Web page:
NORMAN, Oklahoma — In celebration of the state’s second largest economic engine, aviation and aerospace, a new Oklahoma specialty license plate will soon be available with the simple yet soaring slogan: “Aviation.”
The plate is the state’s first and only aviation and aerospace specialty plate. In recognition of the Aircraft Owners and Pilots Association (AOPA) Regional Fly-In in Norman, Oklahoma, the unveiling occurred at the Norman Chamber of Commerce Aviation Committee breakfast Sept. 8, 2017, at the University of Oklahoma’s Max Westheimer Airport.
The plate, requested by the Oklahoma Aeronautics Commission (OAC) during the 2017 legislative session, was originally considered for passage via Senate Bill 196 and House Bill 1269 by Senator Gary Stanislawski (R-Tulsa) and Representative Elise Hall (R-Oklahoma City). The language later became law through a license plate omnibus bill by Stanislawski and Representative Chuck Strohm (R-Tulsa) and was approved by Governor Mary Fallin in May.
The Aeronautics Commission contacted Stanislawski, a pilot, with the idea during the summer of 2016.
“I thought it was a great idea,” Stanislawski said. “The funds collected from the plate would go toward aviation education programs and public-use airport infrastructure, highlighting the importance of the state’s aviation system in Oklahoma.”The total fee of the plate is $35 annually with $11 directed to the Oklahoma Tax Commission. The remaining $24 will be given to the Oklahoma Aeronautics Commission for “airport construction and rehabilitation programs and general operations of the agency, for promoting the awareness of aviation and aerospace, and providing financial support for aviation education programs to address the need for a skilled and competent aviation workforce.”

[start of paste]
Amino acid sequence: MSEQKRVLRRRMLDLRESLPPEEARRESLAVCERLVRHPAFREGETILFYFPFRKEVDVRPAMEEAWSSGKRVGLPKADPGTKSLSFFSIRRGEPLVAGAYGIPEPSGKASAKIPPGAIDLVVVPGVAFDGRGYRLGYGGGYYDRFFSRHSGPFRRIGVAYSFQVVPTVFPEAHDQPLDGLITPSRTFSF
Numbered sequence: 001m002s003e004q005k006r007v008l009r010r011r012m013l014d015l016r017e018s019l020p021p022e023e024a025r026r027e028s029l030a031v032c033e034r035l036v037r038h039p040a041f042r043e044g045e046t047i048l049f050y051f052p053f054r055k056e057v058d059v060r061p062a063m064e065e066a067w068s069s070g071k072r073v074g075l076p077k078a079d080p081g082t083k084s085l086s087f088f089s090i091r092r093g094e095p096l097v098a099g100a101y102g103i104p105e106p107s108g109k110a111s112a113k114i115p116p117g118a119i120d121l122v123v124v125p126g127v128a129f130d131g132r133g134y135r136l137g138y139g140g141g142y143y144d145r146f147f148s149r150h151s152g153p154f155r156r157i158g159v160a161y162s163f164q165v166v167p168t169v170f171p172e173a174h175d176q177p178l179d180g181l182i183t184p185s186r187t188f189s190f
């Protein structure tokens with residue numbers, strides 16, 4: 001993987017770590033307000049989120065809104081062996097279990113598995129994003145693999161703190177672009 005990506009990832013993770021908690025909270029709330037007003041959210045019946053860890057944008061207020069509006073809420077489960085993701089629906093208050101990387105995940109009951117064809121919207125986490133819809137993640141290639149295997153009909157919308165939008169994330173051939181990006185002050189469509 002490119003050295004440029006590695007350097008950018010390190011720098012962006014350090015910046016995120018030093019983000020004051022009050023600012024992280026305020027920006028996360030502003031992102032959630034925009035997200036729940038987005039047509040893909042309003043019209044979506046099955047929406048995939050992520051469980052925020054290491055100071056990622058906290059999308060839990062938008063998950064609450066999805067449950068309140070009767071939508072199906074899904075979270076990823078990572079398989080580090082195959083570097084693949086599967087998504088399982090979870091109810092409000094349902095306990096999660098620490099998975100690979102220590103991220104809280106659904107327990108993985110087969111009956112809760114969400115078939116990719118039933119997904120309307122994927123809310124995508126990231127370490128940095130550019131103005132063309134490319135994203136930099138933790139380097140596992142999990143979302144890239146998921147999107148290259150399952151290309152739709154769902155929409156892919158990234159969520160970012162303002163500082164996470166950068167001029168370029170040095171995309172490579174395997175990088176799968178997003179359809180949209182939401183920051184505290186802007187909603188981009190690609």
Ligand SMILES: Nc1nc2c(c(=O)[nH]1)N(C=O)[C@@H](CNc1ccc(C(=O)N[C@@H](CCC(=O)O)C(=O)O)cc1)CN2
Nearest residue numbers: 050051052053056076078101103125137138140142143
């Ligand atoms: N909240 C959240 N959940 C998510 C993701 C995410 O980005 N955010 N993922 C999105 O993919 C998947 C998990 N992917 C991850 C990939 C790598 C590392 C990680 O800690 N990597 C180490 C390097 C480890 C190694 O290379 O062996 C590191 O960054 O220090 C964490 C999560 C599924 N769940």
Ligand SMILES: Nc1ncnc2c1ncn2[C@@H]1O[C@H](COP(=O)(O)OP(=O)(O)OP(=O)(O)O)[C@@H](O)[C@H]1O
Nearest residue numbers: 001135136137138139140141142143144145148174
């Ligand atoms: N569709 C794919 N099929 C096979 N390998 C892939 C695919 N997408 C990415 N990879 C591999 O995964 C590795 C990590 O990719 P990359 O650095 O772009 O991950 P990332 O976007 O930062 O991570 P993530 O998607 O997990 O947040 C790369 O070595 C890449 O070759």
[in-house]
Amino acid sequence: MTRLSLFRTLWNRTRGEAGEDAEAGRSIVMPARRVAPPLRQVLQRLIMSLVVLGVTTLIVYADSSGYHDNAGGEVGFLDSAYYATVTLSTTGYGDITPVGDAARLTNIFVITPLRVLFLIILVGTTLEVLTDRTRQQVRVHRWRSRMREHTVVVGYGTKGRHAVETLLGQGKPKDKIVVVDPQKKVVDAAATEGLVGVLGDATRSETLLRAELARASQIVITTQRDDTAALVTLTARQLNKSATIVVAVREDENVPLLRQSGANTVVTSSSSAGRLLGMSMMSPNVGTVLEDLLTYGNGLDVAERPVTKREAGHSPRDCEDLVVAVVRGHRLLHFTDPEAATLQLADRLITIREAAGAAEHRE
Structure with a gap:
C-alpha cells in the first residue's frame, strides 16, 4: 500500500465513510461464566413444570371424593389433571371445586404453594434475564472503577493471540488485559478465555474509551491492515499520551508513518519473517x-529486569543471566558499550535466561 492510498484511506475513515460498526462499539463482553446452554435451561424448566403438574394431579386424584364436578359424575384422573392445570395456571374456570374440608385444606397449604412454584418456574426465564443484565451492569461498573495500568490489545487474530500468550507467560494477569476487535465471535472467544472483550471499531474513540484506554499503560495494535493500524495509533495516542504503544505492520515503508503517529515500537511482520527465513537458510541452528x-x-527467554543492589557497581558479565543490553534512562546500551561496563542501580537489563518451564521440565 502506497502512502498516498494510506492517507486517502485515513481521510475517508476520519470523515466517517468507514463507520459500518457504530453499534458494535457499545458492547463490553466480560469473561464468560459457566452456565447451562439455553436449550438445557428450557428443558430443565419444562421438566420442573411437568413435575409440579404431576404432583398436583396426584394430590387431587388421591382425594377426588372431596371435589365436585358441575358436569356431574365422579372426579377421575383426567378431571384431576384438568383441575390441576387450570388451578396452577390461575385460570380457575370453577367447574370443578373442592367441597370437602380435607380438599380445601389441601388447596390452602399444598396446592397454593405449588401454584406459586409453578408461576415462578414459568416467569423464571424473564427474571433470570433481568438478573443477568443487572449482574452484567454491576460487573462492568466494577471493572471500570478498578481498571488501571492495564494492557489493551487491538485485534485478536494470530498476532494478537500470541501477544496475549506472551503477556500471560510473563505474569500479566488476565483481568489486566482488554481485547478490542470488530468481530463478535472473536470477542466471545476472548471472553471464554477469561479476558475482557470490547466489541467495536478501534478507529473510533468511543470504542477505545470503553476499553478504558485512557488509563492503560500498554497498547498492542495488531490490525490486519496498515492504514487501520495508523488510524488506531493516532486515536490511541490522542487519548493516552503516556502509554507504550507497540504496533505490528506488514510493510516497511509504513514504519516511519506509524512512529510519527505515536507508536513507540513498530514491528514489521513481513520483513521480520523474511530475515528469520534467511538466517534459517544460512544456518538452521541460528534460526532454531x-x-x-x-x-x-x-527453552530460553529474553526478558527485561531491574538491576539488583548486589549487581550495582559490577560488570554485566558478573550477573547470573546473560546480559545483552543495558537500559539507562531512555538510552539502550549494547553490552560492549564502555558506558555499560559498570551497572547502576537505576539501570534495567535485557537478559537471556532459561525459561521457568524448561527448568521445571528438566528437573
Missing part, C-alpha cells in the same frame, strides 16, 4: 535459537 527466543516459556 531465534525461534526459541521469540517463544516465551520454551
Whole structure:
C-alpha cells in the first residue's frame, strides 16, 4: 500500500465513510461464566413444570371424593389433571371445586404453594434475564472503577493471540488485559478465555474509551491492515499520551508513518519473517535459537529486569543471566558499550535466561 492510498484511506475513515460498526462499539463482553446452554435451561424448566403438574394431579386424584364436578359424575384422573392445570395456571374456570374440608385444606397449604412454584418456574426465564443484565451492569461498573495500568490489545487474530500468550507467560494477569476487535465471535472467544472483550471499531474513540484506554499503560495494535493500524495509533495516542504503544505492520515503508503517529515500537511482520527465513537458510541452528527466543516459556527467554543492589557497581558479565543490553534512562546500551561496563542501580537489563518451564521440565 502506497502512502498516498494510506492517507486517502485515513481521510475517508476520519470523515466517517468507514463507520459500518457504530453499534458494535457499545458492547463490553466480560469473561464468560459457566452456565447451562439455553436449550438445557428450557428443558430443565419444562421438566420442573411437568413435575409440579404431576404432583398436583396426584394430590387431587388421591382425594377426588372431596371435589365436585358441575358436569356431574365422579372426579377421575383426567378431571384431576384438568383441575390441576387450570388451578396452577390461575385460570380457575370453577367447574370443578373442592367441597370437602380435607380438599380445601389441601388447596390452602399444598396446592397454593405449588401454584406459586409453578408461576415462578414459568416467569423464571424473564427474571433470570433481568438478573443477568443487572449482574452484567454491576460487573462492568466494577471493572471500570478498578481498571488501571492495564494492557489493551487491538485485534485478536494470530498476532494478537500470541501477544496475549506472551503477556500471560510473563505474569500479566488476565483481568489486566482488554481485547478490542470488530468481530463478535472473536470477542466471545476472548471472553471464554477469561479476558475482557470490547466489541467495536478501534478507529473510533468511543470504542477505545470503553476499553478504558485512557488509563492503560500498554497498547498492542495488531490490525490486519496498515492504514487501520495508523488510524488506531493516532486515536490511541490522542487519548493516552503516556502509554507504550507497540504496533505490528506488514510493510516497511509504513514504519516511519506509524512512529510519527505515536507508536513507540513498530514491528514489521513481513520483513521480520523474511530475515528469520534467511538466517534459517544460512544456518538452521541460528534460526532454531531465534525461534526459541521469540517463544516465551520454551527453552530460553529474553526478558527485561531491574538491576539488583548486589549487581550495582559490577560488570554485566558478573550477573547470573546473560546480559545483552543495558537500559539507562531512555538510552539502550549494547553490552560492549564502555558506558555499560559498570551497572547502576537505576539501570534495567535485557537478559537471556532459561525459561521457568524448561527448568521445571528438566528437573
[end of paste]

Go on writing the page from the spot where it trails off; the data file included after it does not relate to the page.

The law authorizing the new license plates goes into effect Nov. 1, 2017.
The designer of the plate, Christopher Nick, is trained in the tradition of the old masters and works currently as a full-time illustrator. Reducing his fee significantly, Nick agreed to design and paint the specialty plate, volunteering his research time which involved more than two months work.
“When OAC first approached me with the idea, I was not sure that an oil painting would translate to a license plate. The confined canvas of 11.5” by 5.5” does not leave much room to convey the importance of the role aviation has in this state,” he said.
His first step in his research led him to Tinker Air Force Base, where he talked with several pilots that said the E3 Sentry Airborne Warning and Control System (AWACS) is what Oklahoma military aviation is all about. Nick said he knew it had to be included in the design. A Cessna 172 and a commercial jet were also added representing the three facets of aviation in the state: military, general, and commercial aviation.
“I could not be more pleased with the final plate design and would encourage all aviation and aerospace enthusiasts to purchase one,” he said.
Motorists can get the aviation and aerospace specialty plate personalized or pre-numbered. The plate is in its final approval stage with the Oklahoma Tax Commission and looks best personalized with five to six characters. After the law goes into effect Nov. 1, 2017, 100 people must purchase the plate within 180 days before the Tax Commission would place it into circulation.